Absent change, sooner or later, our markets are sure to collapse under the weight of a poisoned planet. A system that treats environmental, social, and corporate governance targets as marketing is doomed to fail in an era of environmental, social, and governance catastrophe; as the problems we face multiply in both kind and proportion, so too should our solutions.

To be sure, some argue we should move further, faster. If climate catastrophe is so dangerous, one might ask, why won’t you just divest all of your fossil-fuel-related assets right now?

I respect this critique. I, too, am cautious of the word “wait” which, as Dr. Martin Luther King Jr. wrote, too often means “never.”

But the reality is, the relatively small segment of our endowment currently locked up in fossil fuel investments has not increased since 2017—and retreating from our limited partnerships or other positions at a loss would drain much-needed resources from our grantmaking. So, we reject the zero-sum thinking that our approach needs to be all or nothing, immediately or never. Instead, we are laying the groundwork for a forward-looking, evolving strategy—one that serves people and the planet alike.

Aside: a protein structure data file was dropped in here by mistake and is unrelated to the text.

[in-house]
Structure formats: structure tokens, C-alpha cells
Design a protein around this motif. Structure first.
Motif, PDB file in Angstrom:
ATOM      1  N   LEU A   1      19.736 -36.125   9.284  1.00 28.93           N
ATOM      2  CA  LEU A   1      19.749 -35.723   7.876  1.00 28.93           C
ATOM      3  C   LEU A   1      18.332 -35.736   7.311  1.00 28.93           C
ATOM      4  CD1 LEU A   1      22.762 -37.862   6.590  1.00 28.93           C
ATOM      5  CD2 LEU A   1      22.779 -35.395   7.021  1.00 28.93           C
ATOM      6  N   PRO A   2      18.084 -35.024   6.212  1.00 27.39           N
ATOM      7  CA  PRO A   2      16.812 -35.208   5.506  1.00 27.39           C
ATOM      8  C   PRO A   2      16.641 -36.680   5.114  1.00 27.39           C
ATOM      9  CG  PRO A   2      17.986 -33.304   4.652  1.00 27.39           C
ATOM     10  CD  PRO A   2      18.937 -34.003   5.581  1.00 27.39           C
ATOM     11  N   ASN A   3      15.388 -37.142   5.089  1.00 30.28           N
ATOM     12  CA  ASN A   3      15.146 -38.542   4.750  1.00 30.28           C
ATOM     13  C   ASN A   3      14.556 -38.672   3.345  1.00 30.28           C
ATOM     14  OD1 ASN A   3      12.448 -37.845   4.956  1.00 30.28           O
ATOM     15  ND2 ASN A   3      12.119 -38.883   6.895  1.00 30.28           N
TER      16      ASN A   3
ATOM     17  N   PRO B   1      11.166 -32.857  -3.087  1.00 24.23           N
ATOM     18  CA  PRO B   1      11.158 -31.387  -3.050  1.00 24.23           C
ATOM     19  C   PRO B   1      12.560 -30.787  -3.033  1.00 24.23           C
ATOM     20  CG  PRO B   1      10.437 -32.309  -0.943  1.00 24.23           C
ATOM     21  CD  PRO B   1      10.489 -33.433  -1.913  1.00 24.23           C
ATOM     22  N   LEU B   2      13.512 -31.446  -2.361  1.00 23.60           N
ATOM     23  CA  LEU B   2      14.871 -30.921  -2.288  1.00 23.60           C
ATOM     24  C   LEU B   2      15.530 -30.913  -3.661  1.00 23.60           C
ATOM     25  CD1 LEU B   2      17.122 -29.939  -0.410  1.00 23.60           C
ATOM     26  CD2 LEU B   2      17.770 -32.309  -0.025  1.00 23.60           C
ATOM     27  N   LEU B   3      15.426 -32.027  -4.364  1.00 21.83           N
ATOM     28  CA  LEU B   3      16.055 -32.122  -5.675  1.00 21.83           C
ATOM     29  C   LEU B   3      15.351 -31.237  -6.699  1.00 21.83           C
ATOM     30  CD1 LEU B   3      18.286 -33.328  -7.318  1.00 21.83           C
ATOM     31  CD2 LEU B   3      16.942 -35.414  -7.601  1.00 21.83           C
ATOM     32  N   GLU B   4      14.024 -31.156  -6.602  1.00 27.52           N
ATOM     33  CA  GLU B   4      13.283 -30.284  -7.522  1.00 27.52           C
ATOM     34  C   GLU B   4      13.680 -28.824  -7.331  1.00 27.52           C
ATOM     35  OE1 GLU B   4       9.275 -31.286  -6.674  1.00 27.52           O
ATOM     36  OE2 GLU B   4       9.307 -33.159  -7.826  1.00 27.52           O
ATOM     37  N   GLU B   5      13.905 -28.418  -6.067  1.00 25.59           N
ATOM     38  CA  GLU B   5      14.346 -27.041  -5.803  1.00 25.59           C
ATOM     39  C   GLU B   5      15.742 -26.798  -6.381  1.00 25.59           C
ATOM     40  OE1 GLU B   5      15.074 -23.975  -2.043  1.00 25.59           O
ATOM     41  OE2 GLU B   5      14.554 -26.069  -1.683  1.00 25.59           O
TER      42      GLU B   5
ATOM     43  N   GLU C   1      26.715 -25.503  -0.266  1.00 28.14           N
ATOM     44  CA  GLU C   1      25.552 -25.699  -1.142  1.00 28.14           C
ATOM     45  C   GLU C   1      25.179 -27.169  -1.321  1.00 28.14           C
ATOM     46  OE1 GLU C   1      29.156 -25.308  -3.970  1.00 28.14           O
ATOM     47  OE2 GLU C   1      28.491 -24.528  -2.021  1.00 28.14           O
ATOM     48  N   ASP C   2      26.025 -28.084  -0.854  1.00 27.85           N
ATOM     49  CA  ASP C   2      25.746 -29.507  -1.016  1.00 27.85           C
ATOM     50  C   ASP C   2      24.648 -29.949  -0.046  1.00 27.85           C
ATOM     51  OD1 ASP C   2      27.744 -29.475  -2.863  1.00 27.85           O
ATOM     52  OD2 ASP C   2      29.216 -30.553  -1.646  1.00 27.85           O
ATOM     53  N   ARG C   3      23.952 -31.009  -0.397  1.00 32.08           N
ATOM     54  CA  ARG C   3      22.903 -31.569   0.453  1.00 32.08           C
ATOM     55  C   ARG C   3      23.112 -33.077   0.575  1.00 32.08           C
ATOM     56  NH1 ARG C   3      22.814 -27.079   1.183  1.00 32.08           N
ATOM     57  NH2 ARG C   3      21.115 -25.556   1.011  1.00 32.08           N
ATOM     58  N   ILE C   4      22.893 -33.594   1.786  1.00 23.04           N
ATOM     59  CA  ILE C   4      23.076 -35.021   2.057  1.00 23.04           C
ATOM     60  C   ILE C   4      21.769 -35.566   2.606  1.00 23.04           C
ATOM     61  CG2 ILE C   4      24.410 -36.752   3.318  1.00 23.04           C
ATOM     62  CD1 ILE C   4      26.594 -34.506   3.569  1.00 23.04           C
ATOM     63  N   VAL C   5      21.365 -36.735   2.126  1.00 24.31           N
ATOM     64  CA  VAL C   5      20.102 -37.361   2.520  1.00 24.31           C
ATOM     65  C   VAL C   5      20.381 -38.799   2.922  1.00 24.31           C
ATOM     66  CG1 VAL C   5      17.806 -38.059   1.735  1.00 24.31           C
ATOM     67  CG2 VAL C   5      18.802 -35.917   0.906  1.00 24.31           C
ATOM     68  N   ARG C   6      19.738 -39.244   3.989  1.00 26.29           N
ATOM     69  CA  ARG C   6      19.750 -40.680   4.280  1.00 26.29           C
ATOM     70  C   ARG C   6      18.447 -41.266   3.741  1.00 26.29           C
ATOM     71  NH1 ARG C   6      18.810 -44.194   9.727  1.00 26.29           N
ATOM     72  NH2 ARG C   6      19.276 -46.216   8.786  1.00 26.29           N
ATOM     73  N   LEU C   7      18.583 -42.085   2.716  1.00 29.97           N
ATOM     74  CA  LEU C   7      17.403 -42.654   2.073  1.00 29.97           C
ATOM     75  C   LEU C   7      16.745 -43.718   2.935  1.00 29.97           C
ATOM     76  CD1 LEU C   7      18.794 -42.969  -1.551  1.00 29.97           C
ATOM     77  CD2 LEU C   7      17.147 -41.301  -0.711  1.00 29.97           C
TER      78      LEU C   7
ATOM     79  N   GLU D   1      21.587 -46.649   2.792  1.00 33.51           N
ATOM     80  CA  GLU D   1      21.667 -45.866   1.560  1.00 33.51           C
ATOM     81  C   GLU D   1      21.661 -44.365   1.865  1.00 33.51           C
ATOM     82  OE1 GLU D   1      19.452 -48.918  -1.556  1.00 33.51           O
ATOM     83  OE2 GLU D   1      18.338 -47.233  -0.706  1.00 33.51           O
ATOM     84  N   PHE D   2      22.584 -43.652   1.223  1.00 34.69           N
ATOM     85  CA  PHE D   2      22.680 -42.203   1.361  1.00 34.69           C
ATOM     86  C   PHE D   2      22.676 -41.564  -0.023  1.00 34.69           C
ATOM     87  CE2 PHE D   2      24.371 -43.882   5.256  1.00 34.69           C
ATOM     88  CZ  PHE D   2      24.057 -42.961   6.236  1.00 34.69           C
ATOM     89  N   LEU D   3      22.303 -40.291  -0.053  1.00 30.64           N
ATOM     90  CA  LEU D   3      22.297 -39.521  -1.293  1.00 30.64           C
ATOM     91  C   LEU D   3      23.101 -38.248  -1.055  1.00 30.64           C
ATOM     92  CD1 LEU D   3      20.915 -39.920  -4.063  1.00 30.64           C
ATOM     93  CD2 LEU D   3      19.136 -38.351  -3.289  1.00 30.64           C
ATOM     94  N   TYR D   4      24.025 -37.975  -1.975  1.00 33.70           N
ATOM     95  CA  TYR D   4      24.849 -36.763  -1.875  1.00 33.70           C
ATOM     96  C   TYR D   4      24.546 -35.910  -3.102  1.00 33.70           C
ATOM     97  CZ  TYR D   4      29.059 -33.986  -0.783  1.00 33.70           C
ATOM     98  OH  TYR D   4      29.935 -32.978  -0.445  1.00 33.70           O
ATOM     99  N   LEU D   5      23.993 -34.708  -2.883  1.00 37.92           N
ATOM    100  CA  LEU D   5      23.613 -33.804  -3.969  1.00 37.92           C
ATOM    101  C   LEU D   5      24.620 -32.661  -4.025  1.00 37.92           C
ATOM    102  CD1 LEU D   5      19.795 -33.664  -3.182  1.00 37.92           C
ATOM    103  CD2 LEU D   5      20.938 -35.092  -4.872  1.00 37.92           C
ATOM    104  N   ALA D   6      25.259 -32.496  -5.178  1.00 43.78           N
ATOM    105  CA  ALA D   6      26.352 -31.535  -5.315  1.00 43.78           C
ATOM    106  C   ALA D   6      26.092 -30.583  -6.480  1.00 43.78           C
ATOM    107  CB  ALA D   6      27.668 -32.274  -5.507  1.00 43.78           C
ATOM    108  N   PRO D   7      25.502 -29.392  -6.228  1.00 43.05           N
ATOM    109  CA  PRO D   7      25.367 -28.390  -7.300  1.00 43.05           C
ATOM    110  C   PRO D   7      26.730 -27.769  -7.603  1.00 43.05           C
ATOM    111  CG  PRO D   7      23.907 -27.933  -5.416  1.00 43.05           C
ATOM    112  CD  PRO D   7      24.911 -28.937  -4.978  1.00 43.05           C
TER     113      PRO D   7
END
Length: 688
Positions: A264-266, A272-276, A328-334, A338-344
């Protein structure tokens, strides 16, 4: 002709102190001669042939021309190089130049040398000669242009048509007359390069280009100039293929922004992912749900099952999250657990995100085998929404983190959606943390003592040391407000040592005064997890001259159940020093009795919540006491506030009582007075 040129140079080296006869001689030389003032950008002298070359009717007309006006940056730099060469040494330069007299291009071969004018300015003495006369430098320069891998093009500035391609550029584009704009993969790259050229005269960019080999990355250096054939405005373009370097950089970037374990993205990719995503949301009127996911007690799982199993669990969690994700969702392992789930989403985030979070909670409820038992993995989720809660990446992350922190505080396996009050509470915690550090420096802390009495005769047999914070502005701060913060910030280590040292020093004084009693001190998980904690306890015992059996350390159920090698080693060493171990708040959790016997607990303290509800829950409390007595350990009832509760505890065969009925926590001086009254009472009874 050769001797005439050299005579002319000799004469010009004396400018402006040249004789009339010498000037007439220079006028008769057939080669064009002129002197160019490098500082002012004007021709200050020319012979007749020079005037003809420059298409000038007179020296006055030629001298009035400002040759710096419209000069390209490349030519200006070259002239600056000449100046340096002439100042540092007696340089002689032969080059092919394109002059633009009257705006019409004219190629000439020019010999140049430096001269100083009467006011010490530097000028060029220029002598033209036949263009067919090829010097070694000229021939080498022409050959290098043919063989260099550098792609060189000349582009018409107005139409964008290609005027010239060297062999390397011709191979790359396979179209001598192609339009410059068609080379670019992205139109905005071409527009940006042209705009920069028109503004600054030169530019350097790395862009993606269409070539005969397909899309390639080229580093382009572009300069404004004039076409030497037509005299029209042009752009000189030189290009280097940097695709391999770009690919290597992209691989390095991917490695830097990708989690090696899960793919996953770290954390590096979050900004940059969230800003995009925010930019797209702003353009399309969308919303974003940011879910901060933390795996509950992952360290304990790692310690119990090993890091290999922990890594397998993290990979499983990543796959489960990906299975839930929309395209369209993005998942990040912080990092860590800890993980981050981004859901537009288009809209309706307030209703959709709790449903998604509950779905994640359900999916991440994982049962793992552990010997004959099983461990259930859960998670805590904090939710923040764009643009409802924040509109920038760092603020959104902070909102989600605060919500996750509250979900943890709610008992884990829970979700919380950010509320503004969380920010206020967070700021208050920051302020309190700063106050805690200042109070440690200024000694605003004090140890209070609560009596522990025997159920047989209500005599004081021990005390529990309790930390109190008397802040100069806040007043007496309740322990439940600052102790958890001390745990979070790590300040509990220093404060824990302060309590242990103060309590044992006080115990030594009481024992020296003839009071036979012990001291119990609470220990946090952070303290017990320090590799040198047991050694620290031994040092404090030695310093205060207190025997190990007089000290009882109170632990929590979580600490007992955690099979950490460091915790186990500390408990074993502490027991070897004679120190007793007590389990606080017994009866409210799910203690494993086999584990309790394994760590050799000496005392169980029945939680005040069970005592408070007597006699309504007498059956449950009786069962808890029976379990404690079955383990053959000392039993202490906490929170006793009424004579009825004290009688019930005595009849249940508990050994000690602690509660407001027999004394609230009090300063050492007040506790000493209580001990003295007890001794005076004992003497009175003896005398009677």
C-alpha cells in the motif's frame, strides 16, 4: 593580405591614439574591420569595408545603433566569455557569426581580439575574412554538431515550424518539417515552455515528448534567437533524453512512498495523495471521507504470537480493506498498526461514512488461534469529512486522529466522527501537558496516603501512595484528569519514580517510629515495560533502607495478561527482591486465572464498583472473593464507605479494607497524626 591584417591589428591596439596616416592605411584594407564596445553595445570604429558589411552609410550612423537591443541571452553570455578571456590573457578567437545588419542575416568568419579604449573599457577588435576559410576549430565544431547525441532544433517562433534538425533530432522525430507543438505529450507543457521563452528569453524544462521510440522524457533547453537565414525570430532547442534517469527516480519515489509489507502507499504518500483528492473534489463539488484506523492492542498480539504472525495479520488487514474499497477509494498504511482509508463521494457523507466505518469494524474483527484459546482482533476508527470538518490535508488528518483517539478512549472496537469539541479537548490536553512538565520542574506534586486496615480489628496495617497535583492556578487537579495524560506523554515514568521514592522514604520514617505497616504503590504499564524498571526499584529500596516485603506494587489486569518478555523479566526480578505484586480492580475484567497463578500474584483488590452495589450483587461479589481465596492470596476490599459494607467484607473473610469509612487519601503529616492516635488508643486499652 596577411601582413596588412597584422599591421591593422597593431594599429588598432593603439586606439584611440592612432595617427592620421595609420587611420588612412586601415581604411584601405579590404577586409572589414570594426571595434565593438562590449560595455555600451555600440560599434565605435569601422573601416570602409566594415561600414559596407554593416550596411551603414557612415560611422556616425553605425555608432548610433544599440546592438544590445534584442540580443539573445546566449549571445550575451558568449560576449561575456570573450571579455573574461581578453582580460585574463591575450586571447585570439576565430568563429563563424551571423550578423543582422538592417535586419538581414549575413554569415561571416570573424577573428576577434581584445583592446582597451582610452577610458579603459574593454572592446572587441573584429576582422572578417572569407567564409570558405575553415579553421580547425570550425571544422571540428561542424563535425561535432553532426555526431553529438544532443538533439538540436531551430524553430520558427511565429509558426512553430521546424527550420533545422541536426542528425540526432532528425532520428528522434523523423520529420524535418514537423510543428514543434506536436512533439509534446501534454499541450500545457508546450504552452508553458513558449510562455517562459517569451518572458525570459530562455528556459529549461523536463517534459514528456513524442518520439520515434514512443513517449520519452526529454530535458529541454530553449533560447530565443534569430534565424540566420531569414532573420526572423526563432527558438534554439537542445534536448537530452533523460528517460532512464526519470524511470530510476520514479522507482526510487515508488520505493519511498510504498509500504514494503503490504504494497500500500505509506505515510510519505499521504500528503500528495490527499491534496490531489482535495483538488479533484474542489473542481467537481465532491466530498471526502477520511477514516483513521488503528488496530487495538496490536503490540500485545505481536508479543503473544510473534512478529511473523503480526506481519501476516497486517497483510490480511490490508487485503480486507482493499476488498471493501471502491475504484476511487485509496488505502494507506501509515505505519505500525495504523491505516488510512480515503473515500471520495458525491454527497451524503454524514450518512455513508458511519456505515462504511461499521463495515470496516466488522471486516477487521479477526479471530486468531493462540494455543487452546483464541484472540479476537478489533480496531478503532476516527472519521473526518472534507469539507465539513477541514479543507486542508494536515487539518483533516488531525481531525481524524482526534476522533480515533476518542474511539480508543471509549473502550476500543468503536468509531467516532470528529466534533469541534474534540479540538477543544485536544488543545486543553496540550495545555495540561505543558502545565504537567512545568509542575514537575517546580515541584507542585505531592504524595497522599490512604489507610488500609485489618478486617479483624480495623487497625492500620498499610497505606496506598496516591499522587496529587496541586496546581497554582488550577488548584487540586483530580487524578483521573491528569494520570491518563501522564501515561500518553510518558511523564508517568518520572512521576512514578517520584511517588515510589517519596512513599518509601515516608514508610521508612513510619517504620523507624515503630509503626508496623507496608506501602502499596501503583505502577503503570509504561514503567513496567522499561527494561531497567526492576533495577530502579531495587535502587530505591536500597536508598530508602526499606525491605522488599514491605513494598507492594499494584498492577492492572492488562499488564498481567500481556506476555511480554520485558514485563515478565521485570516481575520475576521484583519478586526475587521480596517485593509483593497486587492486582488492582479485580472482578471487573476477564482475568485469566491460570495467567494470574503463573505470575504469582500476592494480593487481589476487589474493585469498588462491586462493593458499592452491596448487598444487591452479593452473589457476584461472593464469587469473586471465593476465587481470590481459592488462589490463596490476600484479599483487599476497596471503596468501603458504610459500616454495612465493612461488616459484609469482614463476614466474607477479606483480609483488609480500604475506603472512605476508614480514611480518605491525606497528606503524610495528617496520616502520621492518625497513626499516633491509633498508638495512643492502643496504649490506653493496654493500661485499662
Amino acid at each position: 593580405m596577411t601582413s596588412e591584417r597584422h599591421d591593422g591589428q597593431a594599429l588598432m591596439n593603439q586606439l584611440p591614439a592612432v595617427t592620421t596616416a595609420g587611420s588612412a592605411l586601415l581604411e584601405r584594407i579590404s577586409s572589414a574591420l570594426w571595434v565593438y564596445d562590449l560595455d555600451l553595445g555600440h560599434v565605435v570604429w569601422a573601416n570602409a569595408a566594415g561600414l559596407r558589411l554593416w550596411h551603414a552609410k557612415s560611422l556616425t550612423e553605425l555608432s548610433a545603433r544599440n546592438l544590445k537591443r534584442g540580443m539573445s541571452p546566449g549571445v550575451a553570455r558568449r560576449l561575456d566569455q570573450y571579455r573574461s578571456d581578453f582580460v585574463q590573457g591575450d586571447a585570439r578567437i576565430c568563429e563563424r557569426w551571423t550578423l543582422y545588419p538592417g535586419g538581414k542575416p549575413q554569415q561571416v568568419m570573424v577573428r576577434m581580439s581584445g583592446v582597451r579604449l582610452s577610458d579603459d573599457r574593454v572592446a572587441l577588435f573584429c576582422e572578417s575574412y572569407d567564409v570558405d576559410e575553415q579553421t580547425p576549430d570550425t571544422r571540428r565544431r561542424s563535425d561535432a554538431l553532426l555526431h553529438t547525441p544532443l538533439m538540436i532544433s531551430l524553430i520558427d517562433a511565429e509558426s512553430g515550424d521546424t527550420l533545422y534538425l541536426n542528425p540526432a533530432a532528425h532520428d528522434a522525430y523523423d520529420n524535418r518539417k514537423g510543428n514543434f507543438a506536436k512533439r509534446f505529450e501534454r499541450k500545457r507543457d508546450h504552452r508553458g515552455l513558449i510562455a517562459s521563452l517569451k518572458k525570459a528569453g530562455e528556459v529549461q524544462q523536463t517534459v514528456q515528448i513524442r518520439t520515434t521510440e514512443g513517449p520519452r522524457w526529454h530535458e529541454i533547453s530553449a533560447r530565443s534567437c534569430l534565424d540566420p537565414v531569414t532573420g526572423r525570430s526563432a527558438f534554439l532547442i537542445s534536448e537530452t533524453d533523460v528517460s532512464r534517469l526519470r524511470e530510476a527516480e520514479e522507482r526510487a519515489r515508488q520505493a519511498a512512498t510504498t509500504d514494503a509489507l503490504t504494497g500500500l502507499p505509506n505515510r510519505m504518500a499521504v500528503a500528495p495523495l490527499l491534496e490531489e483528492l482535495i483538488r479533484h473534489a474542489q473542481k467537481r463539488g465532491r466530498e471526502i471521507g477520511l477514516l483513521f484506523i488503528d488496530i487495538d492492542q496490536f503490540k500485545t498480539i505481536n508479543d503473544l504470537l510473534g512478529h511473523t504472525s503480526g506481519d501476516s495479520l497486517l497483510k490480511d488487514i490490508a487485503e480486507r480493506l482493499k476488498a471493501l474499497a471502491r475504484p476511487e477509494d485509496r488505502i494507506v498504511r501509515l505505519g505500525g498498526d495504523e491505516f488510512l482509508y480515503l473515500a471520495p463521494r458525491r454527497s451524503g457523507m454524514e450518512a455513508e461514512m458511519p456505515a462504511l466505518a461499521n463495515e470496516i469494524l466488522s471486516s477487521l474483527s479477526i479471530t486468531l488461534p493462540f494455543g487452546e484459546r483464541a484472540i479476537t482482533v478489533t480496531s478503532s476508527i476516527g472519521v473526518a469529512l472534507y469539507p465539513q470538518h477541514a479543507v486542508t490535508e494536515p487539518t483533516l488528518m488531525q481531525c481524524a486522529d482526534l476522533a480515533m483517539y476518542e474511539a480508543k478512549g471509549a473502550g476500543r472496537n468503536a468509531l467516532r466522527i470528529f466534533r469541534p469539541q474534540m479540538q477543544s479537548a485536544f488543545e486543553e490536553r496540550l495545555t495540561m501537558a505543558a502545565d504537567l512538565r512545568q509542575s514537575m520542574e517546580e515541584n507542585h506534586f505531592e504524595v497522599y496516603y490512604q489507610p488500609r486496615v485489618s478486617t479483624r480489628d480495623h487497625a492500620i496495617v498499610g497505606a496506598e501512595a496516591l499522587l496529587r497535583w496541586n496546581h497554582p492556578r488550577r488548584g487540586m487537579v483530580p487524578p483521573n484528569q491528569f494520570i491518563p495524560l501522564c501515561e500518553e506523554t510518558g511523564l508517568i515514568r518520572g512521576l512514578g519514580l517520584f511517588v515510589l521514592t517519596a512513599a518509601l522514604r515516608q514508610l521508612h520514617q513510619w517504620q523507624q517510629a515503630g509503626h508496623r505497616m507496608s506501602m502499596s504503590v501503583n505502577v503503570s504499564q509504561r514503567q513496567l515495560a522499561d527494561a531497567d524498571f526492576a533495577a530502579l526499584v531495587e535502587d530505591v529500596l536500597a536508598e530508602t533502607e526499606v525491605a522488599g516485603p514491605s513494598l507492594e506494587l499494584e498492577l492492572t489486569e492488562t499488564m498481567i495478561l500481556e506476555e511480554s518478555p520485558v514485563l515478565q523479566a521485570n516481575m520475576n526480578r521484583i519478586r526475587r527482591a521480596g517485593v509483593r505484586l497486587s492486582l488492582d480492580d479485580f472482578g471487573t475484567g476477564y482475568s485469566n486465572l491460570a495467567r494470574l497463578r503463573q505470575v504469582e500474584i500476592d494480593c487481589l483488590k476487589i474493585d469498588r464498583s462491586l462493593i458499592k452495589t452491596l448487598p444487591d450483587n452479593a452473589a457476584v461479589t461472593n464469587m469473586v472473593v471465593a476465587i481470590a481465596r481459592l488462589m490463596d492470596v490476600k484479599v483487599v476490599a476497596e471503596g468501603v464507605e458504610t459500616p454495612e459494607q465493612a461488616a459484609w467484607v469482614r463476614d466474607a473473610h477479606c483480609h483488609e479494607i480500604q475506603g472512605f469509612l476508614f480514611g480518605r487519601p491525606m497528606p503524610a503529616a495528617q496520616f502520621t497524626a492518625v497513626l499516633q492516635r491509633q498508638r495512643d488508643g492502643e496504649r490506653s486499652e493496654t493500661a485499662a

Reaching this juncture has been made possible by colleagues at other foundations willing to generously engage with me, offering thoughtful and wise counsel, in particular Ellen Dorsey (Wallace Global Fund), Stephen Heintz (Rockefeller Brothers Fund) and Senator Tim Wirth (UN Foundation). Their courage, wisdom, and righteous impatience inspired me immensely.

Each of them helped me navigate my own personal journey toward aligning our foundation’s investments and values. In addition to Eric Doppstadt, I’m enormously grateful to Tom Kempner, chair of our board investment committee, board chair Francisco Cigarroa, and all the Ford Foundation trustees who were encouraging advocates for transforming our principles into policy and action.

To address the climate crisis, we must join together, with urgency and purpose. Let’s continue building on this new foundation—to ensure the work of justice lives on in perpetuity, as does the planet on which our very survival depends.